'Author Alexandra Chang investigates “Asian American Art” through the formation, membership, and artwork of three important post-90s artist collectives: Godzilla: Asian American Art Network, Godzookie, and the Barnstormers.
Through in-depth interviews with artists, arts administrators, and writers, as well as the search for archival documents from university and museum archives to the storage shelves of participant artists, Chang traces the shifts within the changing historical contexts of the initial coinage of the term “Asian America.” We see how the term began as an outgrowth of the late ’60s civil rights movement, to its integration into mainstream multicultural discourse and its legacy today. Envisioning Diaspora peers into the nuances of artist collective formations and communities of affinity, and ultimately the core issues of identity politics, aesthetics, and diaspora involved in Asian American Art.' (Publisher's website)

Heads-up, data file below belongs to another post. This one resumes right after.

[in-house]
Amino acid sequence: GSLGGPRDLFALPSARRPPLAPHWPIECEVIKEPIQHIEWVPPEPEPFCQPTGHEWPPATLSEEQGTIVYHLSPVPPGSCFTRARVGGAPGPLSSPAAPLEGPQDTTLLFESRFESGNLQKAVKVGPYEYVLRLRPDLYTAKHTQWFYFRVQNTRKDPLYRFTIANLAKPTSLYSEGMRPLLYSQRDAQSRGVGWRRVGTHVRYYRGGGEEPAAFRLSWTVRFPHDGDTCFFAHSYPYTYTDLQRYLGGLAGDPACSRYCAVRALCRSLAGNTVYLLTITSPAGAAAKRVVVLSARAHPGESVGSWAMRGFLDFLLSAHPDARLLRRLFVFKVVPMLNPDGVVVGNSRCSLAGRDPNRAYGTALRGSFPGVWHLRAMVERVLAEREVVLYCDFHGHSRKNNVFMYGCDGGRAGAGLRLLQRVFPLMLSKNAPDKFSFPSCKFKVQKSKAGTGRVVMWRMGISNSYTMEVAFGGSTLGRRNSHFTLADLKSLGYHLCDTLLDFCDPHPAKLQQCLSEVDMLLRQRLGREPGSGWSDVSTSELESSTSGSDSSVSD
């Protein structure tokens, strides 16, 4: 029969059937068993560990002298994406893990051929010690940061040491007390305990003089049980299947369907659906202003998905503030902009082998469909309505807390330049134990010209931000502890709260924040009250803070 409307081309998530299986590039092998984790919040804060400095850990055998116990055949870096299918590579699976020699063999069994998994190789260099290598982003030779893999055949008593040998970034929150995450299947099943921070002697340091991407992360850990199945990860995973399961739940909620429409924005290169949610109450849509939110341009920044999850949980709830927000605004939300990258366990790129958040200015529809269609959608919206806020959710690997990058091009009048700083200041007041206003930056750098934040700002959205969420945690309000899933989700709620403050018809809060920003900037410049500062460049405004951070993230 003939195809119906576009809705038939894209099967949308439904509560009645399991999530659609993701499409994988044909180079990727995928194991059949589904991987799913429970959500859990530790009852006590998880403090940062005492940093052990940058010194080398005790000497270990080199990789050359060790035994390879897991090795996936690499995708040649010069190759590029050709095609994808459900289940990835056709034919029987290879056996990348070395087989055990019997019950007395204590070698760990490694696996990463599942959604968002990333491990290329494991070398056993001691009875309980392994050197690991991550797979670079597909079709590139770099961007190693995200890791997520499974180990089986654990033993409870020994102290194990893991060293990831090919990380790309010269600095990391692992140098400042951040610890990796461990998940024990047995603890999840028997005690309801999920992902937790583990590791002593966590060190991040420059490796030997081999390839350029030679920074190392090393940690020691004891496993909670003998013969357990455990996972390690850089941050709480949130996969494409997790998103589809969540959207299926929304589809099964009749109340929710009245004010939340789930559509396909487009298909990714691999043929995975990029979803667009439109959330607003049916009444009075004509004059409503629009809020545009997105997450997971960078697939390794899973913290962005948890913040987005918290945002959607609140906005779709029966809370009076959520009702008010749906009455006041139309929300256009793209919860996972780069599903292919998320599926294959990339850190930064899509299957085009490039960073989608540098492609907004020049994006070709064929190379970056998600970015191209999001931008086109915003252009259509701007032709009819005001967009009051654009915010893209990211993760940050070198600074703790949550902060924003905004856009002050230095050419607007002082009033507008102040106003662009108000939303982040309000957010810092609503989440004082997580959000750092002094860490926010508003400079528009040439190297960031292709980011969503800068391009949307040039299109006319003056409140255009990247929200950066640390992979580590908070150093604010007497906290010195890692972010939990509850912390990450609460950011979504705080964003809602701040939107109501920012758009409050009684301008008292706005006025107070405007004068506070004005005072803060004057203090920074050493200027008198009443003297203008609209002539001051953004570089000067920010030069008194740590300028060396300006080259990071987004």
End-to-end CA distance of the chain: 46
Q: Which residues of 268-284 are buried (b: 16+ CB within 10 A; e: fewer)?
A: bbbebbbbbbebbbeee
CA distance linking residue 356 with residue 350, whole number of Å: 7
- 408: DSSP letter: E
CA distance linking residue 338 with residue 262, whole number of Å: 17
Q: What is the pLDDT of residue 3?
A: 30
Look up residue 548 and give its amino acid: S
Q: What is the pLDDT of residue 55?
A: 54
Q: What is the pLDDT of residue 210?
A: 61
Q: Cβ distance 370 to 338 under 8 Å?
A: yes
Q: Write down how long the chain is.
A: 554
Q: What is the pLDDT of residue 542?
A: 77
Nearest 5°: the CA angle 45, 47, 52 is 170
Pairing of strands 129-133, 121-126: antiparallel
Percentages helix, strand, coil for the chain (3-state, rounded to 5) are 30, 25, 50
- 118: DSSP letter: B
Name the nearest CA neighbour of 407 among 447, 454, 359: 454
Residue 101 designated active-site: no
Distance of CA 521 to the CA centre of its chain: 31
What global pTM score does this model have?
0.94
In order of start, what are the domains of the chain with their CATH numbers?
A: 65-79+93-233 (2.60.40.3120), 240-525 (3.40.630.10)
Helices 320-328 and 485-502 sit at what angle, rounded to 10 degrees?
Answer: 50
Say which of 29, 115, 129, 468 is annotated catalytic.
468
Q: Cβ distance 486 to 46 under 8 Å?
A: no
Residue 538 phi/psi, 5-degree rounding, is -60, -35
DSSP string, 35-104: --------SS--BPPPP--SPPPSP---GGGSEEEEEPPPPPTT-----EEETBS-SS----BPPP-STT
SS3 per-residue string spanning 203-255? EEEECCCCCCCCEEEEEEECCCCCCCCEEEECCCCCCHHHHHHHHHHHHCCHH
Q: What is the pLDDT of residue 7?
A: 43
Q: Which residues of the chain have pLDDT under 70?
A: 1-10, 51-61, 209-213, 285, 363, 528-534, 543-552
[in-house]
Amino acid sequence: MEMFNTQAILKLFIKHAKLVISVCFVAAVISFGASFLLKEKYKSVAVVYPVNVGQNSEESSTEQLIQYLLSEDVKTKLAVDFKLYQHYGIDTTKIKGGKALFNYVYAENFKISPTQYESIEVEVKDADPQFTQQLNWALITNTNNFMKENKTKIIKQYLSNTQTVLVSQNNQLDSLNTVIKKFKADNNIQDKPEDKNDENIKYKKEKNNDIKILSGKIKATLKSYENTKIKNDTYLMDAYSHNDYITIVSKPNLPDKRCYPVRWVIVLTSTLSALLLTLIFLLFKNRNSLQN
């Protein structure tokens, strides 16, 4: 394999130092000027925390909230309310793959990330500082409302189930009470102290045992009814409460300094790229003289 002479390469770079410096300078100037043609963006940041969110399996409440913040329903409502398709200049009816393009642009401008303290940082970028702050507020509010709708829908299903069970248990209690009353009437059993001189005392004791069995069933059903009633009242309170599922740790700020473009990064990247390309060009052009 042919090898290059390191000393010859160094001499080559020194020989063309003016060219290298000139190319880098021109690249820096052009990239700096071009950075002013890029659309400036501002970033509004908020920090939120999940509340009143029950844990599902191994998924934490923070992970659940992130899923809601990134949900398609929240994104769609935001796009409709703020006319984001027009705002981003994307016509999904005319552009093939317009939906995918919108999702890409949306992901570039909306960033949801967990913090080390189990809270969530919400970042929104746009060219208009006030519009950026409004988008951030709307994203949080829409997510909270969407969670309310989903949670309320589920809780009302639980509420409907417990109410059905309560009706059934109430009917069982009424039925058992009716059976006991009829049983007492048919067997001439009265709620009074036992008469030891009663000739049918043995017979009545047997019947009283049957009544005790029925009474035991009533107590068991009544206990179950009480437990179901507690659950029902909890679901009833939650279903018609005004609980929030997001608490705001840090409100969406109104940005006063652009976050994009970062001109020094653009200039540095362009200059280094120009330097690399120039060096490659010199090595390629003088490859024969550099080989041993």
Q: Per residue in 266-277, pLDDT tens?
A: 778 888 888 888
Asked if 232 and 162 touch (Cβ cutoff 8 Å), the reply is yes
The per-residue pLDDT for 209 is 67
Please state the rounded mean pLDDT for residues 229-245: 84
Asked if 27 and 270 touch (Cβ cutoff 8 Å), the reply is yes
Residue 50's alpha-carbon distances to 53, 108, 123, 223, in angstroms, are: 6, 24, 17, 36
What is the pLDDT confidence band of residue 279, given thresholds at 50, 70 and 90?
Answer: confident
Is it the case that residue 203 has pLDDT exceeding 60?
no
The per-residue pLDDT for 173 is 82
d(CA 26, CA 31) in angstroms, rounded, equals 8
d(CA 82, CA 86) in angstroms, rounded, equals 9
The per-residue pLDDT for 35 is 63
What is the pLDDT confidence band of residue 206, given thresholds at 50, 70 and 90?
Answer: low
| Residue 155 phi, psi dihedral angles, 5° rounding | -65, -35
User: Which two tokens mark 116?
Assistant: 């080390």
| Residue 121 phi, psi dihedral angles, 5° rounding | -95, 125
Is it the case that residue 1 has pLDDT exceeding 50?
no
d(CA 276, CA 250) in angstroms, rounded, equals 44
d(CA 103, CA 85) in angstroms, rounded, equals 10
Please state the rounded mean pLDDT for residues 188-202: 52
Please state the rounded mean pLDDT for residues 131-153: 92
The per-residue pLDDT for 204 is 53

Includes artist biographies.
On Megumi AKIYOSHI, 秋吉恩,
HITOTZUKI (Kami + Sasu),
HUANG Shihchieh, 黃世傑,
KIM Shinil, 김신일,
Bing LEE, 李秉罡,
diaspora,  transnationalism,  artist group,  Asia,  identity,  Thailand,  South Korea,  Taiwan,  India,  China,  Hong Kong,  Japan
Foreword: 'Diasporas in Motion: The Visual Arts and Communities of Affinity' - Margo MACHIDA
A Necessary Specificity: A Porous History of Asian American Art
The Network: Godzilla
The Legacy: Godzookie
Once More: Is There An Asian American Aesthetic?
The Transglobal Mythical Nation: An Asian/American Internationalism
Diaspora Redefined (An Aesthetics of Diaspora)
Barnstorming: Cultural Exchange and International Happenstance